"Sales Law and Inflation," 50 University of Southern California Law Review 1 (1976)
This Article initially set out to consider how unanticipated causes of price rises, of which inflation is a paradigm example, affected the enforceability of sales contracts. In fact, these causes traditionally have had no effect on the enforceability of sales contracts; courts required defaulting promisors to pay damages. Recent commentators, however, have argued that to impose on sellers all costs attributable to unanticipated events is unacceptably harsh. They are supported in this view by a comment to the Uniform Commercial Code (Code), which suggests unforeseeable cost increases should excuse sellers. Moreover, a few cases decided under the Code have excused sellers when events unexpectedly made performance more costly. The question of the effect unanticipated events should have on the enforceability is also an important question because is inflation, and this country apparently has failed to achieve domestic price stability. Section I of this Article briefly describes the cases. Section II analyzes the themes that apparently underlie the commentators' distaste for enforcement, and develops the only appealing case for excuse. Section III, however, shows that application of this case would require courts to make extraordinarily difficult factual inquiries and to engage in complex economic analysis. The confusions that inevitably arise when courts are required to do more than they can would here render judicial outcomes so uncertain as to impair contract stability. A concern to ensure contract stability, Section I concludes, thus explains and justifies the courts' decision to enforce. Section IV then argues that that decision is also anti-inflationary. Finally, Section V shows that the Uniform Commercial Code permits enforcement.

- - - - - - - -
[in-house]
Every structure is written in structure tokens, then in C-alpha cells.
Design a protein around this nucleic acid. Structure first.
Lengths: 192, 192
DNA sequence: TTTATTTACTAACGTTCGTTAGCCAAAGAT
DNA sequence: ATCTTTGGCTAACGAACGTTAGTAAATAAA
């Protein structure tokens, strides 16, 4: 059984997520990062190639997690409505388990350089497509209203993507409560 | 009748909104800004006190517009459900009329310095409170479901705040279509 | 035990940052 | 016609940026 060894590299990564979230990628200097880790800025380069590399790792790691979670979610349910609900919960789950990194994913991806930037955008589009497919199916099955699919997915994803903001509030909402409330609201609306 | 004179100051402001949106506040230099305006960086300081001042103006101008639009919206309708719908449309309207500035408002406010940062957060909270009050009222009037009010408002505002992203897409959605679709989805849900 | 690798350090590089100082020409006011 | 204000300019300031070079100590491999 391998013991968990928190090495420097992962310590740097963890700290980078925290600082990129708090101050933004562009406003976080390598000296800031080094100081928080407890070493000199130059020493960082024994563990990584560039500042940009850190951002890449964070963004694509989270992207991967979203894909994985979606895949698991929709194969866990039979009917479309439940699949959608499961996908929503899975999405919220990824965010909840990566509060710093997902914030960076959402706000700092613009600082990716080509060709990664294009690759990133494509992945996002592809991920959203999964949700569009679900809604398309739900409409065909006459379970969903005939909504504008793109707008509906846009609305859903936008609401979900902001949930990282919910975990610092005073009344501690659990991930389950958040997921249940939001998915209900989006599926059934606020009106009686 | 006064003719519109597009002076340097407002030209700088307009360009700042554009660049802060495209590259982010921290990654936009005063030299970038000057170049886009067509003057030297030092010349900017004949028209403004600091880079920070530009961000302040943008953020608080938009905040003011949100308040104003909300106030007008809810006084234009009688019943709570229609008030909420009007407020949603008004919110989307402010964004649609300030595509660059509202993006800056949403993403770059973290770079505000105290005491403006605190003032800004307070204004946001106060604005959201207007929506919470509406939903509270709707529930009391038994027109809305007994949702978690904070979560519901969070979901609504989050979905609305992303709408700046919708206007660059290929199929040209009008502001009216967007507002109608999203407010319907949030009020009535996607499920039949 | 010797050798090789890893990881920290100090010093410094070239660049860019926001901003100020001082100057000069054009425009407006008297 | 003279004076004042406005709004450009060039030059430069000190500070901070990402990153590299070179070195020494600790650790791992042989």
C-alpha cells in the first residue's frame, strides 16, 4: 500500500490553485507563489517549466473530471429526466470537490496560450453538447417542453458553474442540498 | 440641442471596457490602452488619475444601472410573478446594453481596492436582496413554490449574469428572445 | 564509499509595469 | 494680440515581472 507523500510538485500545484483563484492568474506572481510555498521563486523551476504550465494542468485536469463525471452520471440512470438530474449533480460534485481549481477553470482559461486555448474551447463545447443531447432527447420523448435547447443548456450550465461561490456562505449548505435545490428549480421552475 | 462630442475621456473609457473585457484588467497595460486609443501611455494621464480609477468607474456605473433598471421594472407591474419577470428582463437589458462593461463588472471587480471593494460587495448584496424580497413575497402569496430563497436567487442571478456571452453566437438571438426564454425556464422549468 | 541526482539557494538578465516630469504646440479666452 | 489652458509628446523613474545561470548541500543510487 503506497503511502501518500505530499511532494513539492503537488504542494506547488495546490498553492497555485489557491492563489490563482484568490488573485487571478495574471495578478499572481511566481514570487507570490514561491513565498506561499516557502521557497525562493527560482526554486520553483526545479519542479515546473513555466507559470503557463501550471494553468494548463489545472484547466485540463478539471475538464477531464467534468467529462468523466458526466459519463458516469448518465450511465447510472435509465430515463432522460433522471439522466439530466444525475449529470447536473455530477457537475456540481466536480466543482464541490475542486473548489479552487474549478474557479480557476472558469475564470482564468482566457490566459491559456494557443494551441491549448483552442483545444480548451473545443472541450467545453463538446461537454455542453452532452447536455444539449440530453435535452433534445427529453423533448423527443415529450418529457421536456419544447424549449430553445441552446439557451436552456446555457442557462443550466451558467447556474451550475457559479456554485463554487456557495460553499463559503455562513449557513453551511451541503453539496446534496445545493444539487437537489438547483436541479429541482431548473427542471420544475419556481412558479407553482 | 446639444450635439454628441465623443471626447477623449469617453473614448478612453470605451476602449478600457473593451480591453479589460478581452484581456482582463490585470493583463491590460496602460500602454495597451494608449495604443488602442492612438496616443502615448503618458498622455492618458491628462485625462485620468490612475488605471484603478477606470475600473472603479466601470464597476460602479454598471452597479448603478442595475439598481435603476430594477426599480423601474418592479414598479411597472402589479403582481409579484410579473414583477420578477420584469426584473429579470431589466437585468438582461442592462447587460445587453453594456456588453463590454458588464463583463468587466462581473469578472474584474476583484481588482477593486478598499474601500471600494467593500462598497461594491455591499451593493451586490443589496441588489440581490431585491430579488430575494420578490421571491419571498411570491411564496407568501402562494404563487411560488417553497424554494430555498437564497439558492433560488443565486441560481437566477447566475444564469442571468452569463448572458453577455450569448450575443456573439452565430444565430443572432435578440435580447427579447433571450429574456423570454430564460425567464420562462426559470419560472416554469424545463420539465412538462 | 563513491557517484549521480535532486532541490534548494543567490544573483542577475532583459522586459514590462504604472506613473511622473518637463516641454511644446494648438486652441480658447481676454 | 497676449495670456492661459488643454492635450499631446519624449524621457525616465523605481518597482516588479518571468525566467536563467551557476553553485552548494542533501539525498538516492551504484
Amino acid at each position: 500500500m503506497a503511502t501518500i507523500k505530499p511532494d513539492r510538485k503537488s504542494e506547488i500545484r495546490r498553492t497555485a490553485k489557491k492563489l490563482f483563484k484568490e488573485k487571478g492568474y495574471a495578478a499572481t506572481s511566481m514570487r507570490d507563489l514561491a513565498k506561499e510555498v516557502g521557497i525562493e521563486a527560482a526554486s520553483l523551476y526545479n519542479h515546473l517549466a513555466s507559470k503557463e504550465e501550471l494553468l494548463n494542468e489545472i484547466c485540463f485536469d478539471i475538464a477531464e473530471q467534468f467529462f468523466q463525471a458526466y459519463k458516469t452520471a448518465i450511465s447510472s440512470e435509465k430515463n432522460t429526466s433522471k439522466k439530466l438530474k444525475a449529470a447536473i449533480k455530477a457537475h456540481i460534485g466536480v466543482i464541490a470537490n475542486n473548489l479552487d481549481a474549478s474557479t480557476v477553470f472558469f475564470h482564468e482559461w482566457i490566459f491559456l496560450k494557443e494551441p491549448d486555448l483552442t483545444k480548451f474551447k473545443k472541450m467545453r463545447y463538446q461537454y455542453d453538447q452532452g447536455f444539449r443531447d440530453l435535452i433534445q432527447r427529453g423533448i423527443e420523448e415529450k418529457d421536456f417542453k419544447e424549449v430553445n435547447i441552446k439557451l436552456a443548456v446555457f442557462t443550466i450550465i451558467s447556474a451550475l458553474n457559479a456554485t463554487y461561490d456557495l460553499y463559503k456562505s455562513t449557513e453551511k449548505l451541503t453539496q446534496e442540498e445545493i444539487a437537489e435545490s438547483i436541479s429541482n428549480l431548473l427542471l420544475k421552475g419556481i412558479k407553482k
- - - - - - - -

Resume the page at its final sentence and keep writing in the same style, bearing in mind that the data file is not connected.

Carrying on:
Date of Authorship for this Version
Schwartz, Alan, "Sales Law and Inflation" (1976). Faculty Scholarship Series. 1115.